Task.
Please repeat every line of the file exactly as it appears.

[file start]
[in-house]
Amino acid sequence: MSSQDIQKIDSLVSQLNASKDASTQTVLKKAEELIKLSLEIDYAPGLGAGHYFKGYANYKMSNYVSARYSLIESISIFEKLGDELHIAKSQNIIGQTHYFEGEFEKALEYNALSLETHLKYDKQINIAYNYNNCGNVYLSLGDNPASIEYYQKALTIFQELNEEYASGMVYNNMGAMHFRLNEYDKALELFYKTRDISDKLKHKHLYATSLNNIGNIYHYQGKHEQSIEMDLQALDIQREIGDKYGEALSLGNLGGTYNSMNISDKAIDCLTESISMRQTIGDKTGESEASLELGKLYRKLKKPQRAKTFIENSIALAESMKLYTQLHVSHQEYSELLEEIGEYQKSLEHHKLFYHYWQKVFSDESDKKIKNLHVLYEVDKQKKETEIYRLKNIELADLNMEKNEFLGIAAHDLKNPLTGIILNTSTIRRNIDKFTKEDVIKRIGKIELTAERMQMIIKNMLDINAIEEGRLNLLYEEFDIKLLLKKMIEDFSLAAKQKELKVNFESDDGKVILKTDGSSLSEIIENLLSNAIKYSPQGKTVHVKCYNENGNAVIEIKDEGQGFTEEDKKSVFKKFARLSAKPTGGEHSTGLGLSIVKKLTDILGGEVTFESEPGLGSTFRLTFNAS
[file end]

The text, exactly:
[in-house]
Amino acid sequence: MSSQDIQKIDSLVSQLNASKDASTQTVLKKAEELIKLSLEIDYAPGLGAGHYFKGYANYKMSNYVSARYSLIESISIFEKLGDELHIAKSQNIIGQTHYFEGEFEKALEYNALSLETHLKYDKQINIAYNYNNCGNVYLSLGDNPASIEYYQKALTIFQELNEEYASGMVYNNMGAMHFRLNEYDKALELFYKTRDISDKLKHKHLYATSLNNIGNIYHYQGKHEQSIEMDLQALDIQREIGDKYGEALSLGNLGGTYNSMNISDKAIDCLTESISMRQTIGDKTGESEASLELGKLYRKLKKPQRAKTFIENSIALAESMKLYTQLHVSHQEYSELLEEIGEYQKSLEHHKLFYHYWQKVFSDESDKKIKNLHVLYEVDKQKKETEIYRLKNIELADLNMEKNEFLGIAAHDLKNPLTGIILNTSTIRRNIDKFTKEDVIKRIGKIELTAERMQMIIKNMLDINAIEEGRLNLLYEEFDIKLLLKKMIEDFSLAAKQKELKVNFESDDGKVILKTDGSSLSEIIENLLSNAIKYSPQGKTVHVKCYNENGNAVIEIKDEGQGFTEEDKKSVFKKFARLSAKPTGGEHSTGLGLSIVKKLTDILGGEVTFESEPGLGSTFRLTFNAS